The amount of research on psychotropic medication and the prevalence of those prescribed to children in foster care has increased tremendously over the past few years. The rate of utilization of psychotropic medication in the foster care population has been estimated to range from 13% to 52%, compared to 4% in the general youth population. Continue reading
As a volunteer, do you understand what is supposed to happen at different types of hearings? Do you know what to do or what your role is? No need to worry! We’ve got you covered here… Continue reading
WHO ARE CASAS? HOW ARE WE DIFFERENT?
CASA Volunteers are, like Attorneys and GALs, officers of the court. A judge appointed a special advocate to represent the best interests of abused and/or neglected children in court proceedings.
WHAT DOES A CASA VOLUNTEER DO?
CASA Volunteers gather information for the court. She or he recommends to the judge what the child needs to be safe and what it is in the child’s best interest for a permanent home. A CASA Volunteer advocates for a speedy decision that considers a child’s sense of time.
The DeKalb County CASA staff had the wonderful opportunity to participate in DeKalb’s Education Summit last week. It was a great event and we learned so much about Georgia’s AND, in particular, DeKalb’s education system and how foster children are affected. We also learned about ways we can improve foster children’s educational outcomes. Continue reading
A little booklet was shipped to our office today. On the front cover, “11 Ways for Parents to Manage Stress.”
A few ways that we can help to alleviate the amount of stress we endure each and every day. Continue reading
As CASA Volunteers, it is important that you are aware of the risks children may face when exposed to Domestic Violence (DV). Also, in the United States, exposure to DV is included in our definition of child maltreatment.
It is proven that risks to adult partners also pose risks to children. Continue reading
An interesting article: Advice From Children Who Have Experiences in the Foster Care Setting.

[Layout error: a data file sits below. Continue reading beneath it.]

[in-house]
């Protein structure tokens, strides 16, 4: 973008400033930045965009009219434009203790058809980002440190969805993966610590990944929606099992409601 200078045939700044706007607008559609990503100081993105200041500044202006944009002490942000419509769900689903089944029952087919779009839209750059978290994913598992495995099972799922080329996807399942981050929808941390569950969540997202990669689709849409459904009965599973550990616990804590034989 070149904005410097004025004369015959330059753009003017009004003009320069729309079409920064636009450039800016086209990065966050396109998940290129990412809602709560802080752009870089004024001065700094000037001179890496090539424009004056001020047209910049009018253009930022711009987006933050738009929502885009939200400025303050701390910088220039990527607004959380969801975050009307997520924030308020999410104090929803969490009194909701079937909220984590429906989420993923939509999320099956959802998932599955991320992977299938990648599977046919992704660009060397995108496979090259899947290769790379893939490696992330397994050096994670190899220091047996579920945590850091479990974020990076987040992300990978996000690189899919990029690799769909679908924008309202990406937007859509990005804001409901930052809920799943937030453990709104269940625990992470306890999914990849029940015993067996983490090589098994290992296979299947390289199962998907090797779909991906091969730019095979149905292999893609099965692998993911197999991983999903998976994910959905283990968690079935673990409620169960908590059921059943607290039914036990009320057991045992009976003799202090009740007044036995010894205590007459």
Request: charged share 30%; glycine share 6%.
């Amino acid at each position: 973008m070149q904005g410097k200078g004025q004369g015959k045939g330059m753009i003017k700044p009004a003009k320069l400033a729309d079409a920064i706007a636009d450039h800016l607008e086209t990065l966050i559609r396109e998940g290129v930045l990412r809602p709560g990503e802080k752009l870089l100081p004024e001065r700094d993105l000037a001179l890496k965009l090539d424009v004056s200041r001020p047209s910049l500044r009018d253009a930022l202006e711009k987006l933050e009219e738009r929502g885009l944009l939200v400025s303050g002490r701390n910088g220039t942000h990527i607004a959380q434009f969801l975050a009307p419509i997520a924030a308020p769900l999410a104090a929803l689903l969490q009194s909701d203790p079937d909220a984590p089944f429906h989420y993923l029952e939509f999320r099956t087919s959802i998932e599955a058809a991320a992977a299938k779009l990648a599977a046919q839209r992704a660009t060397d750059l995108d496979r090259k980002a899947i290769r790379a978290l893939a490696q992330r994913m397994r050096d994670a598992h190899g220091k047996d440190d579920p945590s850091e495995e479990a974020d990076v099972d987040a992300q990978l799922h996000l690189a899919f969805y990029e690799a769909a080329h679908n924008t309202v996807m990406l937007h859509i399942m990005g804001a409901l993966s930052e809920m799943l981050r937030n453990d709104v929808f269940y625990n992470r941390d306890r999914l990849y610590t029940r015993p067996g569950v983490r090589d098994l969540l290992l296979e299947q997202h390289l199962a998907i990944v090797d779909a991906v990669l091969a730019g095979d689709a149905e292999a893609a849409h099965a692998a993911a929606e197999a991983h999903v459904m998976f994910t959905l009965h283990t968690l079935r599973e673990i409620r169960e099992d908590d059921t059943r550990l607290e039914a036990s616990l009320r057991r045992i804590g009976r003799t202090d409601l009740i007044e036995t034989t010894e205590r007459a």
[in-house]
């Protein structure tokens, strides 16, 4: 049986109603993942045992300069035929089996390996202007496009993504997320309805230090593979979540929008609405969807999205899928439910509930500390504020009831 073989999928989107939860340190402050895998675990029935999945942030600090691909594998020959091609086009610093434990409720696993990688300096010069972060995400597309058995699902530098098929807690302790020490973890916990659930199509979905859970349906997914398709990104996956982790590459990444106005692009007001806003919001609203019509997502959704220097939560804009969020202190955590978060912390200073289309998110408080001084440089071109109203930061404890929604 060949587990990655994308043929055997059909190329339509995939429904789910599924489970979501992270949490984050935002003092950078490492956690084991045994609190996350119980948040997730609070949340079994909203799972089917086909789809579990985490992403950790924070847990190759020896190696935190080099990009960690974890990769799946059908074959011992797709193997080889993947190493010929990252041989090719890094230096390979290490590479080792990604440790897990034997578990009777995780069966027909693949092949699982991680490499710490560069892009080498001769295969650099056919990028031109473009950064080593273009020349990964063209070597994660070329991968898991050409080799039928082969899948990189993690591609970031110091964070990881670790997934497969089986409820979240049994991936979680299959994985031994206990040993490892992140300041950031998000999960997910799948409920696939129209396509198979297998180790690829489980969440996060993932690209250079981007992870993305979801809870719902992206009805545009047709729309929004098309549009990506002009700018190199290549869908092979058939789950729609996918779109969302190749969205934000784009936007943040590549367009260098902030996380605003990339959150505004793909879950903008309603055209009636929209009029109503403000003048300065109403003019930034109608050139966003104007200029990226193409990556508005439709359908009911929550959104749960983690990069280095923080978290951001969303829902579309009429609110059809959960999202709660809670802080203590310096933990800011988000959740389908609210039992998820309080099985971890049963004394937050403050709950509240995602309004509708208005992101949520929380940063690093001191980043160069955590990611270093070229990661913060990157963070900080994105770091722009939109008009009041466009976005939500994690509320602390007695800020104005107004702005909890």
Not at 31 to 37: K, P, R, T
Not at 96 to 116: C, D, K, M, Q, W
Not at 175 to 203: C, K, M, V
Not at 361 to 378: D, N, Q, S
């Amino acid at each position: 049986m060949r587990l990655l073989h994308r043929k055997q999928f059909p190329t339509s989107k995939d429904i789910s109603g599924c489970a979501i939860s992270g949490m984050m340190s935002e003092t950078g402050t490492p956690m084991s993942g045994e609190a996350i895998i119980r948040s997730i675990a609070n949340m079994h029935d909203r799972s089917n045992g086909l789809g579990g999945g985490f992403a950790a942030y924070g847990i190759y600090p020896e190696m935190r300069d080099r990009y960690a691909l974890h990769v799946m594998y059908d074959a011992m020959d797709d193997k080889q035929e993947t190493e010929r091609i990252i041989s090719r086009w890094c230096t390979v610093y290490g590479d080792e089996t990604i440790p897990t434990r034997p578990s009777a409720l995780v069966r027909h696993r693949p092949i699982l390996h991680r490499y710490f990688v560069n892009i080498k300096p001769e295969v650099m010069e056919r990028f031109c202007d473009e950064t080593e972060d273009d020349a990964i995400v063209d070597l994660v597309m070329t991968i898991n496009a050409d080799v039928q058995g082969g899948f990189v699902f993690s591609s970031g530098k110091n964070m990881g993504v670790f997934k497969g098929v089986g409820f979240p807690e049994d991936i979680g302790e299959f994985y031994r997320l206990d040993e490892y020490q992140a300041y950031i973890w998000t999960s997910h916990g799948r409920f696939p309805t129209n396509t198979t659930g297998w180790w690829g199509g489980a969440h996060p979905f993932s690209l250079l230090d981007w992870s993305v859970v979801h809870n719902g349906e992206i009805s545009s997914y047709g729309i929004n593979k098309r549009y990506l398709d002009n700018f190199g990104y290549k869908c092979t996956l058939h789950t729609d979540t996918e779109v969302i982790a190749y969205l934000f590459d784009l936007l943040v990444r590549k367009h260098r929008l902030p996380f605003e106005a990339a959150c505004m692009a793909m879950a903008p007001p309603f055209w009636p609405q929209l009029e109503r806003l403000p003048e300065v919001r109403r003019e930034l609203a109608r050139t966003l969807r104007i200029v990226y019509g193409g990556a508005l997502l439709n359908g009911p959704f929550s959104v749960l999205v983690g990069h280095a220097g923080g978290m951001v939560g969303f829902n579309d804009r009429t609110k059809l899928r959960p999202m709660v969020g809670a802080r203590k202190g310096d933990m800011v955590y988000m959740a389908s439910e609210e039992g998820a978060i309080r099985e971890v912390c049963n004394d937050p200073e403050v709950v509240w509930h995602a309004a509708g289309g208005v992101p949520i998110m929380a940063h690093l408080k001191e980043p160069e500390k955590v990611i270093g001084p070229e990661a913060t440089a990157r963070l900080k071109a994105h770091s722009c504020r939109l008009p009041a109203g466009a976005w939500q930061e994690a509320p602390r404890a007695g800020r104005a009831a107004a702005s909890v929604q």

They spoke about ways to assist service delivery during the transition into foster care. These children discussed the importance of tending to experiences such as foster home expectations, the importance of time and information, the new foster/parent-child relationship, coping with stress, the ability to be engaged in decision-making, and the need to build a trusting and personal relationship between children in care and their care givers.
Highlights from the Article:
Why, you might ask, has the DeKalb County CASA Program decided to start blogging? Well, it’s simple. We wanted to provide an arena for our volunteers, supporters, sponsors, funders, and others who are interested in what we do (advocating for children) to comment, share, and talk about resources available for children in foster care. Or resources for our volunteers. Whatever the case may be, this is the place to talk. Continue reading
A Little History
The first CASA program began in Seattle, Washington in 1977 as the idea of Judge David Soukup. This one program initiated a movement, which has since grown to include over 900 programs in all 50 states across the nation.
The DeKalb County CASA Program began in 1990. Founded by a Child Advocate Attorney, it operated as a part-time program directly under the supervision of the Child Advocate Office for nearly 7 years. It was at first staffed by MSW interns as their practicum site. In 1997, with the approval of a grant from National CASA, the program became full time.
The mission of the DeKalb County CASA Program is to advocate for the best interests of abused and neglected children who are under the protection of the juvenile court, seeking to assure safe, permanent families for them as quickly as possible.
CASA accomplishes this mission by training and supporting citizen volunteers who serve as advocates for individual children while maintaining proper ethical behavior, respect, and confidentiality.
If you are interested in becoming a CASA volunteer, feel free to contact our office at 404-378-0038. Or email us at firstname.lastname@example.org.
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